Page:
December 21, 2012

Buxton’s Jim and Marcia Lyons are recognized for volunteerism

By Corinne Saunders
Coastal Review Online

Jim and Marcia Lyons of Buxton have volunteered with the North Carolina Coastal Federation on and off for about 10 years, and their devotion to the recent living shoreline project at Durant’s Point in nearby Hatteras earned them a Pelican Award from the federation.

Sarah Hallas, coastal education coordinator for the federation’s office in Manteo, said it is sometimes hard for the small staff to have the presence in remote Hatteras that they would like. The two islanders consistently help spread the word of federation projects and bring new volunteers to workdays there.

They are both very dedicated to protecting “their area of Hatteras that is very special and unique,” Hallas noted.

Durant’s Point is a privately owned strip of land that shelters Hatteras Harbor, and it was eroding at a rate of five to 10 feet a year. “If that was to wash away, the harbor would be next,” Hallas said, noting numerous commercial fishermen are based in the harbor, which is also culturally and ecologically significant.

The living shoreline approach to shoreline stabilization involves controlling erosion with the least environmental impact; in fact, it actually creates estuarine habitat.

Creating a living shoreline for Durant’s Point began in March 2011, after grant funding was secured.

“We planted there the last two spring seasons, [and the Lyons] were instrumental in getting thousands of marsh grass plugs in the ground,” Hallas said.

Marcia had formerly helped plant marsh grasses in a similar living shoreline project in Ocracoke, and said she loves that the federation promotes the natural way of stabilizing shorelines, as opposed to wooden bulkheads or stone walls.

“It’s so much work to get the permits and all that beforehand,” Marcia stated. “I was really excited when it happened here.”

One of the federation’s main goals, Marcia noted, is raising awareness of the values submerged aquatic grasses and tidal grasses in salt marshes bring to whole estuary. The grasses provide habitat for aquatic life while buffering the land from the winds and tides.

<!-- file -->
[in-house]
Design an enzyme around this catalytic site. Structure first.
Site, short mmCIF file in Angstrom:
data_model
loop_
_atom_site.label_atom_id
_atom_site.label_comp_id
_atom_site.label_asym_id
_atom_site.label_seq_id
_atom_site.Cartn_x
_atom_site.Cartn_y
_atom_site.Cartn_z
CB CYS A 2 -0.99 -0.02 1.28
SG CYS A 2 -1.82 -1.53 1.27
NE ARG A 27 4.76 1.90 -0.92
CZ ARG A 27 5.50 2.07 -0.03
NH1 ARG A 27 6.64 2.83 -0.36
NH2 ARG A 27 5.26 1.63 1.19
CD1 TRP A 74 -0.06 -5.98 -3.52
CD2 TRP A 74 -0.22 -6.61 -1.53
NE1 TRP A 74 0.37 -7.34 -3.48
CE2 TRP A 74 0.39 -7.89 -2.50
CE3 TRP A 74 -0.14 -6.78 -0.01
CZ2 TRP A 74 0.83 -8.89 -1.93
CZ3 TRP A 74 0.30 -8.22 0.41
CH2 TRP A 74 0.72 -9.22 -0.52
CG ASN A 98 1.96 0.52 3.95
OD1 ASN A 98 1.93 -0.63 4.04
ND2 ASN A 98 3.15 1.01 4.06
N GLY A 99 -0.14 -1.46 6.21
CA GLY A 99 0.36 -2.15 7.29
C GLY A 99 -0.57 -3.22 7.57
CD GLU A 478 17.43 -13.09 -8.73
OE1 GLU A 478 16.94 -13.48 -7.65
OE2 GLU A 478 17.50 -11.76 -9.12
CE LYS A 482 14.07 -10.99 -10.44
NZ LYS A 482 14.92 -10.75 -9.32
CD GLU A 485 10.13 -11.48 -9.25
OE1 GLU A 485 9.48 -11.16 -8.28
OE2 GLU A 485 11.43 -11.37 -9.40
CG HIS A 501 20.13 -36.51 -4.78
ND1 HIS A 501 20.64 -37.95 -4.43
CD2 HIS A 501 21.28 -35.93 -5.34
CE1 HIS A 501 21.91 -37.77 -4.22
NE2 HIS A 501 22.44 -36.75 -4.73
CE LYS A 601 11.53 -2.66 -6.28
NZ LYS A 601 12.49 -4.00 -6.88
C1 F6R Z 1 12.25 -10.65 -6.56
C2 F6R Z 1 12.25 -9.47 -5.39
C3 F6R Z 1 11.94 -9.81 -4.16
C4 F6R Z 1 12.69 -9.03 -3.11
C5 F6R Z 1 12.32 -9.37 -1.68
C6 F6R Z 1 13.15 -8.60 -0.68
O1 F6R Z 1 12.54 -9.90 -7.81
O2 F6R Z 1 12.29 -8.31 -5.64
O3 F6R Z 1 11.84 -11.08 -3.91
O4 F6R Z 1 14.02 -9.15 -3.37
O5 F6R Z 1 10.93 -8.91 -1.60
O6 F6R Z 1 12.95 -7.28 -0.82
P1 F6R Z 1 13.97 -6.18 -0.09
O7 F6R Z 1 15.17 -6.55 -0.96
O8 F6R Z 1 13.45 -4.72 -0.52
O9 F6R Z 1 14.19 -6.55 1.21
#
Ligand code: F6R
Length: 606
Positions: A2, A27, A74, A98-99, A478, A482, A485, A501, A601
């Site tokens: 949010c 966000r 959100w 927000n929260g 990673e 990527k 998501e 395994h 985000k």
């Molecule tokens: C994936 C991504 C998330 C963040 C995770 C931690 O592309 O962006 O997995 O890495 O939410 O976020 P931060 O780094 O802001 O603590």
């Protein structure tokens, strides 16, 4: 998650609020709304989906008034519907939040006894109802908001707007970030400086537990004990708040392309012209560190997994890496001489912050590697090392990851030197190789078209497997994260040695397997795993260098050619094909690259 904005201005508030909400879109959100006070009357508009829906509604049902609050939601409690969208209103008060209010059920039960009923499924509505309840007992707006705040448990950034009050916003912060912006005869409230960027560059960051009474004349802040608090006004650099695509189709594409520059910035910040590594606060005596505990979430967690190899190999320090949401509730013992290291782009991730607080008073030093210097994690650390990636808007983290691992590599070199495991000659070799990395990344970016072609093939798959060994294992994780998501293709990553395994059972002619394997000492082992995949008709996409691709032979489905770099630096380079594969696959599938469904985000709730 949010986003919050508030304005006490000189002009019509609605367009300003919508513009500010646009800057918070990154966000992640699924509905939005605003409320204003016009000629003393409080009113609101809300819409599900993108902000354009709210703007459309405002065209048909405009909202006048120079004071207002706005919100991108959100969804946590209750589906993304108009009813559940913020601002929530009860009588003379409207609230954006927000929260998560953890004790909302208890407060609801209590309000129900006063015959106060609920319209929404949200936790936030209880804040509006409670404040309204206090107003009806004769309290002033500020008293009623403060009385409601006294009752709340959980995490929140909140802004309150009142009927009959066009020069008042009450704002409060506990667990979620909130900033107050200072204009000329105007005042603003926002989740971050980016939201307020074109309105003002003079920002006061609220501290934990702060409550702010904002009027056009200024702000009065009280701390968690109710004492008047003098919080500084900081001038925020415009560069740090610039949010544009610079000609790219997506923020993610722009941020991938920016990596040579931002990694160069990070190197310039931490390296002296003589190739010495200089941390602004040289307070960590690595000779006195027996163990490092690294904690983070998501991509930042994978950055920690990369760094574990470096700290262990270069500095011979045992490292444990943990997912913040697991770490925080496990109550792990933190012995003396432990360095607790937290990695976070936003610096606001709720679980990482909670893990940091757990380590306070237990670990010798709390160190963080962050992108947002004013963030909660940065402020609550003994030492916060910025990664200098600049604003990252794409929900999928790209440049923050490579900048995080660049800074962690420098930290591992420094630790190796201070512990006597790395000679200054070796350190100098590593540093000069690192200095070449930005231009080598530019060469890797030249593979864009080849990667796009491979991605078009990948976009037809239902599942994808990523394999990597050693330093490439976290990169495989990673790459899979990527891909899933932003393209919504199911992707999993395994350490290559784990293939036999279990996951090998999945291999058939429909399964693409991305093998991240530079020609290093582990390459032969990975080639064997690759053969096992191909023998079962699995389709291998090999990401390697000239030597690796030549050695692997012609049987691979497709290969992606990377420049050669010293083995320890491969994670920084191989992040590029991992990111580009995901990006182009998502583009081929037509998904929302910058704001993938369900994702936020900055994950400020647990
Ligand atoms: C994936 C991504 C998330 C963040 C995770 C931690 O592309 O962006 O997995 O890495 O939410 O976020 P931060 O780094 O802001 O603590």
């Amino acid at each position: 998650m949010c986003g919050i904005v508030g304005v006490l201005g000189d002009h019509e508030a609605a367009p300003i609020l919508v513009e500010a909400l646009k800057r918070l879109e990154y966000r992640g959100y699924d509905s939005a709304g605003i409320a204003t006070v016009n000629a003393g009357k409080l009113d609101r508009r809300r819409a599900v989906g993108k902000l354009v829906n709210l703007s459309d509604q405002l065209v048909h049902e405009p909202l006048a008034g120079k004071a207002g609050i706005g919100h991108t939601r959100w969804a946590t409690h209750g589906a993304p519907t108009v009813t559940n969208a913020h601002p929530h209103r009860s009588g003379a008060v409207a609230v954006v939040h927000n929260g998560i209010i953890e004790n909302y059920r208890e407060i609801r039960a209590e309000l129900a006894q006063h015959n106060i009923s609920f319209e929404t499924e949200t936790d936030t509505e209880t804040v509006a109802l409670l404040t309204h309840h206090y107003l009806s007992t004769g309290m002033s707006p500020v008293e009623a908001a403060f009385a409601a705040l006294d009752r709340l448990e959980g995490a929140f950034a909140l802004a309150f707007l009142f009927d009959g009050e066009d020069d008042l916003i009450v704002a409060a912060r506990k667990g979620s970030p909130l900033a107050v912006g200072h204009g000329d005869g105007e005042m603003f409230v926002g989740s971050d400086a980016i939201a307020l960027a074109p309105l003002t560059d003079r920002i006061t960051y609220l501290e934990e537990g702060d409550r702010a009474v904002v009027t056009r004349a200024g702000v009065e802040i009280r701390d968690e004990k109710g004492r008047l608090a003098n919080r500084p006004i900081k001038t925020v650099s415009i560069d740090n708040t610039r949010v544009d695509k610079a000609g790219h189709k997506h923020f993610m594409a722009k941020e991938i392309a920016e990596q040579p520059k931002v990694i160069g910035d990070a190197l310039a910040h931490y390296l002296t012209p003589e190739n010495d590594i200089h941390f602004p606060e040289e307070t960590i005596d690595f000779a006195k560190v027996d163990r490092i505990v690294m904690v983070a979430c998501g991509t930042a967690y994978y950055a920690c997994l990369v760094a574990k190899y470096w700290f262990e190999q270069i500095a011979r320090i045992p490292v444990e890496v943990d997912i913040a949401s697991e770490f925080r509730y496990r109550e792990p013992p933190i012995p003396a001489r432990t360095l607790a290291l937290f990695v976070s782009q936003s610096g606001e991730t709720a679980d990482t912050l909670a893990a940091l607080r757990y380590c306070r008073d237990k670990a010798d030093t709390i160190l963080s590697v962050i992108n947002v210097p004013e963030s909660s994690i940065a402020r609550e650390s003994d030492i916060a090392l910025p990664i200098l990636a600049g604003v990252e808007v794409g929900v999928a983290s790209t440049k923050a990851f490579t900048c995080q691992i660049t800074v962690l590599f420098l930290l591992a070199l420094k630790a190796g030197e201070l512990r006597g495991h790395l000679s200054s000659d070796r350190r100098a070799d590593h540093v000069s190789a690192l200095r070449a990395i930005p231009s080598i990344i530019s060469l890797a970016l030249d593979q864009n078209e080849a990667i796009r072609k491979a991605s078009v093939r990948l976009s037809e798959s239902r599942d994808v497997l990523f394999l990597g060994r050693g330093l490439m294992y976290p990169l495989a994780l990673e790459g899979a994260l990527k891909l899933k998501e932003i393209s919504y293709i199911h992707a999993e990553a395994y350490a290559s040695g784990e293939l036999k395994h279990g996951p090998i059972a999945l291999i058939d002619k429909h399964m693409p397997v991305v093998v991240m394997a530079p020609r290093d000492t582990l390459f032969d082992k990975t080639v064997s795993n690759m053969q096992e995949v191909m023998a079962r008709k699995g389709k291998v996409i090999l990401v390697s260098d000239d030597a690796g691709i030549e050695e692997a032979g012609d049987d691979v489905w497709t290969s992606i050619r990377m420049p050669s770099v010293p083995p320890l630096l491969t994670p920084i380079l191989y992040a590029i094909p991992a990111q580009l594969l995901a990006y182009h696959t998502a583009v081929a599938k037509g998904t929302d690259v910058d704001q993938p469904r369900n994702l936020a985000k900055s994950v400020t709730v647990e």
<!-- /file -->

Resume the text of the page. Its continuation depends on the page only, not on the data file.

Since Durant’s Point is only accessible by water, Jim’s use of his boat to transport people and supplies was also crucial to the project. The federation didn’t have a workboat at that time, Hallas said.

Jim also helped transport a graduate student, Rachel Gittman, who was doing studies of underwater grasses in that area.

“I helped take her out whenever she came, which was a lot,” Jim said, noting that he thought it was fun to work with both the young researcher and the federation.

“It was a lucky set of circumstances; lucky for me, lucky for Rachel, lucky for the coastal federation,” he said. “I’m very honored. It was a lot of hours, (but) not really a lot of difficult hours.”

Jim, a Norfolk, Va., native who moved to Buxton in 1973, said he has always been involved in fishing, hunting and surfing, and he knew Jan DeBlieu, who worked for the coastal federation, very well.

“We helped Jan with some research for a water quality study [years ago],” he said. “We went to eight or nine workshops, talked about estuarine concerns. I took water samples from Hatteras Island.”

Jim believes that an “estuarine environment can be a healthy, productive resource that can benefit everyone if managed properly.” The water “has certainly given me lots of enjoyment,” he said.

The local waters’ organically raised food can perpetuate itself forever if taken care of, he said, and “should be incredibly productive.”

But since 1973, he has seen a decline in the Pamlico Sound’s food production.

Many of his friends are commercial fishermen, whom he describes as fishing by proxy for the numerous people who like to eat seafood but do not necessarily want to go catch it. For the fishermen’s livelihood and the health of the area in general, he says it’s essential to protect water quality and habitat.

The living shoreline project at Durant’s Point helps do just that.

“It’s nice to think we can protect shorelines and actually increase biodiversity and biomass with the right kind of structures conducive to small animals [and] vertebrates.”

His wife agrees.

A native of Boston, Mass., who moved here in 1976 and worked for the National Park Service for 32 years, Marcia said she has always loved coastal systems and salt marsh systems.

“They are great places for exploring, great places for education,” she said.

One of her favorite activities while working for the Park Service was taking people out with nets and exploring the shallow waters. “It was always like a little treasure hunt,” she recalls. “People were always surprised how productive (the waters were).”

Sharing a love for the local wetlands, Jim and Marcia Lyons regularly put their beliefs to work in preserving the environment.

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